Mid 20th Century Fazeley and Mill Lane
Editor's comment. " Maureen Sanderson writes about her early days in Fazeley, naming people she knew and the places they lived."
All though I was not born in Fazeley, I have always had conections with the area. My aunty Muriel Adams (nee Griffiths -married to my uncle Cyril Adams ) was born in Fazeley - they used to bring me to Fazeley to visit her mom when I was little.
My uncle Wilf Adams married Iris Chipman from Fazeley and always lived there. My aunt Evelyn Thompson (nee Adams) lived at one time opposite the Swiss Lodge and their eldest child was christened at Fazeley church.
My parents Arthur and Aisne Adams lived in new street in Fazeley for the first twelve months of their marriage. So I don’t know whether it was in my genes or coincidence that when I met my future husband it turned out he was born and brought up in Fazeley.
He was Phil Sanderson before he left school he was the butchers boy for Bert Baylis delivering meat for Mile Oak and Fazeley. he lived with his mother Winifred Sanderson (nee Lakin) and father Fred, brother Michael Sanderson and sister Carolyn sanderson. They lived at 64 mill lane.
Their gran was Emma Lakin she was born Emma Bailey in the small cottages that ran all down one side of mill lane. Looking in the census most of the Baileys lived in mill lane. She left school at 13 and went to work as a indoor servant to the old Sir Robert Peel,where she met her future husband William Lakin, an out door servant.
Emma progressed to become housekeeper to the last Sir Robert Peel. After retiring she bought 64 mill lane which used to be a school. She had a sweet shop in the front room there. She sold the house to her daughter Winifred, went into service again for ten years then retired again to the cottage attached to the butchers shop at the top of mill lane. After a few years she moved to the cottage over the road where she died in 1967.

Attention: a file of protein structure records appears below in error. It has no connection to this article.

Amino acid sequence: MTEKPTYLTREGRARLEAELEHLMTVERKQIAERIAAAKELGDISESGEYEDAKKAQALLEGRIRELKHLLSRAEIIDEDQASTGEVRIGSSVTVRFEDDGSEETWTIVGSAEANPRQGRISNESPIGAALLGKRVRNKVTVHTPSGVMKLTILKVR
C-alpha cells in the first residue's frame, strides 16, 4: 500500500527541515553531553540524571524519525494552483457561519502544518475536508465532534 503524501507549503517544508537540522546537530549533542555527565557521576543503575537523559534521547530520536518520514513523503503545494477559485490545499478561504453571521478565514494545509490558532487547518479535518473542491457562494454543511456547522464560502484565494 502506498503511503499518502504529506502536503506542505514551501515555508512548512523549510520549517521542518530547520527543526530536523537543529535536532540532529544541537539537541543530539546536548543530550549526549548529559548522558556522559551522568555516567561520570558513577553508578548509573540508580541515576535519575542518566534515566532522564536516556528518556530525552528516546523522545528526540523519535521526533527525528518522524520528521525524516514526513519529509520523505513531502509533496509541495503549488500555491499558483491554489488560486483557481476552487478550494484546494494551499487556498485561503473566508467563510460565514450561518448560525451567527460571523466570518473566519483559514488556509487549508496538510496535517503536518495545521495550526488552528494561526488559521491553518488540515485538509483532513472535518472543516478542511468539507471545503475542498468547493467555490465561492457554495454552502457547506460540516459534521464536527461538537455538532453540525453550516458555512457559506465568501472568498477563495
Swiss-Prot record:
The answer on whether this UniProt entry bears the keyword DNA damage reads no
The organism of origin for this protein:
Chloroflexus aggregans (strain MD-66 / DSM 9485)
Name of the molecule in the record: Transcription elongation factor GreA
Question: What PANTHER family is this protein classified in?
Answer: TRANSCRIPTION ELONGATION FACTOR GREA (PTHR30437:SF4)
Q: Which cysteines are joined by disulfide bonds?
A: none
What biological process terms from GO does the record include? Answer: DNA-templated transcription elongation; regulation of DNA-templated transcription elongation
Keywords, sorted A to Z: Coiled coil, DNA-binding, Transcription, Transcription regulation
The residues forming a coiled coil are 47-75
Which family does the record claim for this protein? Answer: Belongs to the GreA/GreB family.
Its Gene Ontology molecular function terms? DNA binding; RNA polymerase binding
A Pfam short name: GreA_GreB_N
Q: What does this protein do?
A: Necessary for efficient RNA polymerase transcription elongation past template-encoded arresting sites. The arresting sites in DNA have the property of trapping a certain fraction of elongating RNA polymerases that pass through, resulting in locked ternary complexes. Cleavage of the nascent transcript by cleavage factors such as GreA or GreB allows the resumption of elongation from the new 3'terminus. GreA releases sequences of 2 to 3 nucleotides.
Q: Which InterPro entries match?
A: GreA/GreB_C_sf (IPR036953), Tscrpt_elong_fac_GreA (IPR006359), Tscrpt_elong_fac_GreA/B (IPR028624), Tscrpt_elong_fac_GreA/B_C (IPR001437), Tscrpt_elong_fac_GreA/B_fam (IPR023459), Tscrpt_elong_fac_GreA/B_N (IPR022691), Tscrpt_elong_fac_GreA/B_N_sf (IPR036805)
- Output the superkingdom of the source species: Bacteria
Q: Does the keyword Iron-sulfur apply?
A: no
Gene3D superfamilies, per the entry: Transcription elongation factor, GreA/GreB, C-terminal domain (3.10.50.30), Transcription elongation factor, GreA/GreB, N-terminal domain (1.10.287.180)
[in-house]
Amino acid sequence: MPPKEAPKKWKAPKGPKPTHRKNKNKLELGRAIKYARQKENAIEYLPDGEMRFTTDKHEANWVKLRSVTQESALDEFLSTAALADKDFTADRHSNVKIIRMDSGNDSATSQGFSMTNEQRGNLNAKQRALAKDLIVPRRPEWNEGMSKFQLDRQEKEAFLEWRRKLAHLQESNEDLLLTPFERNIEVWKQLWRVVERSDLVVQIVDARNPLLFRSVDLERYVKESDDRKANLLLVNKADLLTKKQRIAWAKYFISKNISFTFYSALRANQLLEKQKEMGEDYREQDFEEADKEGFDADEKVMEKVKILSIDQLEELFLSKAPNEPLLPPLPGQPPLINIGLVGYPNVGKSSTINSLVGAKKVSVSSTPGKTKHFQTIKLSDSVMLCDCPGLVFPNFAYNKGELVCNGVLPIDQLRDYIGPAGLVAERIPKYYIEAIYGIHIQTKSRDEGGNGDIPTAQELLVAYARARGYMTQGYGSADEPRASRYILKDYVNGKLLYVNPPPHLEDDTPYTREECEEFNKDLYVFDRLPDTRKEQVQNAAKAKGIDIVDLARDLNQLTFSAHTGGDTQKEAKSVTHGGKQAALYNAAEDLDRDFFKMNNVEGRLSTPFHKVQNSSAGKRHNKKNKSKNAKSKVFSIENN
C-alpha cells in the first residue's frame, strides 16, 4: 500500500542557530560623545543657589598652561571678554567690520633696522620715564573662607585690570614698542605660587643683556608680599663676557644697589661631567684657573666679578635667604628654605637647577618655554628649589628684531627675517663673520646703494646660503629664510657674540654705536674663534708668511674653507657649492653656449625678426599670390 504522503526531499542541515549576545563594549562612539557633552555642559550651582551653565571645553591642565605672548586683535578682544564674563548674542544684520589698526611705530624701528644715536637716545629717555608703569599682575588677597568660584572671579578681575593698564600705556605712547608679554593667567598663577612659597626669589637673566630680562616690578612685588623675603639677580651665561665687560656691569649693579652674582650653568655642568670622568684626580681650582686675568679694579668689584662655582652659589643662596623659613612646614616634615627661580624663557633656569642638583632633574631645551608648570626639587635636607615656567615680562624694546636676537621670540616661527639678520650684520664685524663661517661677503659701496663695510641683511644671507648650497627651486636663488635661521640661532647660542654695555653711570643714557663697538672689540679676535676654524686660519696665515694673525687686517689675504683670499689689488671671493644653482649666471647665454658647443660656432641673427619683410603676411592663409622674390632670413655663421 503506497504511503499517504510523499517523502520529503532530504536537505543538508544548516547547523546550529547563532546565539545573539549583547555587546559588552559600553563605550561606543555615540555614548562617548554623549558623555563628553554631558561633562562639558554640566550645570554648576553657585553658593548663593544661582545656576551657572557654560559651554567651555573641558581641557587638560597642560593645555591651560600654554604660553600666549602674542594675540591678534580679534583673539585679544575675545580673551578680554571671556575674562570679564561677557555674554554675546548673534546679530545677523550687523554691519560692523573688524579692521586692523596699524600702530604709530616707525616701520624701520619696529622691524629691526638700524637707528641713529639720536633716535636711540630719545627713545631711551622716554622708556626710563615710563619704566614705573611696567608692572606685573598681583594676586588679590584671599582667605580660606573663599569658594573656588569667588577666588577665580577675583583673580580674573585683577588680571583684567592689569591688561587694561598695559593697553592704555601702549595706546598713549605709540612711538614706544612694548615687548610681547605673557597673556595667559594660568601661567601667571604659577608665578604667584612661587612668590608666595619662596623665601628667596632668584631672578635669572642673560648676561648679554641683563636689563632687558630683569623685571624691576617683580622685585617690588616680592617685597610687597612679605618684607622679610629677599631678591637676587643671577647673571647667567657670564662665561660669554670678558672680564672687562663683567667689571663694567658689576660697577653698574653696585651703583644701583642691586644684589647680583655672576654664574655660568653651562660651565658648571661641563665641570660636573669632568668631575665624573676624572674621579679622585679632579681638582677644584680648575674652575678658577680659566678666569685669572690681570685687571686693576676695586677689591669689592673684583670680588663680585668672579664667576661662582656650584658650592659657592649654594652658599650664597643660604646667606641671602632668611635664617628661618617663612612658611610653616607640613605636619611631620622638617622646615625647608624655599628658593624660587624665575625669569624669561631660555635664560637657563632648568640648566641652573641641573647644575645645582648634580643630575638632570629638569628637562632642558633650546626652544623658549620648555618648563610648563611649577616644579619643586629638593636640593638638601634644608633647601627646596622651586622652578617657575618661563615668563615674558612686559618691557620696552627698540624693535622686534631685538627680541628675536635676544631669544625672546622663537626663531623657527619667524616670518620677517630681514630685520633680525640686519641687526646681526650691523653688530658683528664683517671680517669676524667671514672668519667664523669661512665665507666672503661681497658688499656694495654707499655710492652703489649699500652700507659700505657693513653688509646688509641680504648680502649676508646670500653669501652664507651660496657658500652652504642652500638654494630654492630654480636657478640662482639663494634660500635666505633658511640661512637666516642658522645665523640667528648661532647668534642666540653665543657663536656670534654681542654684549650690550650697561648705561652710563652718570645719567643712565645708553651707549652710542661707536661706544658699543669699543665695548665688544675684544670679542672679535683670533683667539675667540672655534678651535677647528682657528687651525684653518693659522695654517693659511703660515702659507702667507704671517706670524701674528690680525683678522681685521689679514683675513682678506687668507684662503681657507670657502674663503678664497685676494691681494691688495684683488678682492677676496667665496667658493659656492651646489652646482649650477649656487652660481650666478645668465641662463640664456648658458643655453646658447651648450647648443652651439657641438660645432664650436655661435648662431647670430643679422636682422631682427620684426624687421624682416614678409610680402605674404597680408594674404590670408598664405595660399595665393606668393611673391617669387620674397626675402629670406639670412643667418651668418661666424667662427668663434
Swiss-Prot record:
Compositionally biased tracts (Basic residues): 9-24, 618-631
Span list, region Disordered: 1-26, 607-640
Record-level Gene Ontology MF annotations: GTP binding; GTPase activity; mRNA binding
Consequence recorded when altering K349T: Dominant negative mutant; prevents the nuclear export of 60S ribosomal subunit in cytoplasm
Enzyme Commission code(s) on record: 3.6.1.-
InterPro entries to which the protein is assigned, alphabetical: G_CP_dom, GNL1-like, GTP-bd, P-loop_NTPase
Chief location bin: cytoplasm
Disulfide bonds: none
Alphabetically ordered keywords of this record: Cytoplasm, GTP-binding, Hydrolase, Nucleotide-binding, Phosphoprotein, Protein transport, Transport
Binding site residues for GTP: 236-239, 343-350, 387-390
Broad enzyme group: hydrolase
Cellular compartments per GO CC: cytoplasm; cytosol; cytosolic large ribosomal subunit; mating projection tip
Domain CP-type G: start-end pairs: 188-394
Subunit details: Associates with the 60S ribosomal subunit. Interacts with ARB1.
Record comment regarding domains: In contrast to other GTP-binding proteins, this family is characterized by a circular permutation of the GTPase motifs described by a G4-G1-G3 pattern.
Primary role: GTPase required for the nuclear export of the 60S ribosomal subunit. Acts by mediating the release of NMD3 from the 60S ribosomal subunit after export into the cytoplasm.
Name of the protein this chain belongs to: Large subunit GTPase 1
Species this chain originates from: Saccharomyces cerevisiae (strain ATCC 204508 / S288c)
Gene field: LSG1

I think the last house was next to the slaughter house from what I remember. Cal (Carolyn) got married and also lived in Mill lane with husband Bob White and daughter Donna was born there. Unfortunately Bob was killed in a car crash age 22.
I came to live in fazeley in 1962 on my marriage to phil sanderson.We Rented a cottage in Atherstone street. The rent was 5 shillings a week rising to 7s and 6 pence by the time we left. There were lots of terraced cottages in fazeley then. There was a island always called the square (later changed to traffic lights then back to an island again)
From the island there was the chemist on the corner where the Peninsular is now with cottages either side in Atherstone street and Colesworth street.
In Atherstone st. opposite there were cottages and the old chappel. Cottages In new st. Coleshill st, Brookend, Lichfield st. From mill lane to the nurses house then past the bungalow to broomfield ave.
There Were also quite a few shops. I was amazed at what you could get at these shops. There was the photographers by the post office which also sold knitting wool, ciggs from the chemist, milk from the pub. If one shop was closed you could still get what you wanted from some where else.
There was the parish hall where we went to dances and the baby clinic was held there every monday after noon. There was the methodist chapel on the canal bridge where Emma Lakin played the organ, at one time Florrie Barlow preached there and christened our children. Also Tom Bird, his wife and son took the sunday school.
The Doctor's surgery was opposite the church on the corner of Brook End.
The Swiss Lodge had also been pulled down by then.
We Used to go to the speedway as children which was where the Deer Park Estate is now, and later the dog track was there for grey hound racing. That Was there still in about 1956-1957.
In Those days you took your life in your hands comming out of mill lane, the exit was right out side the butchers shop onto the Watling st. The war memorial has moved about quite a bit as well. It once stood in the middle of the island ans in the little cull de sac in the road infront of the chemist and in the church yard.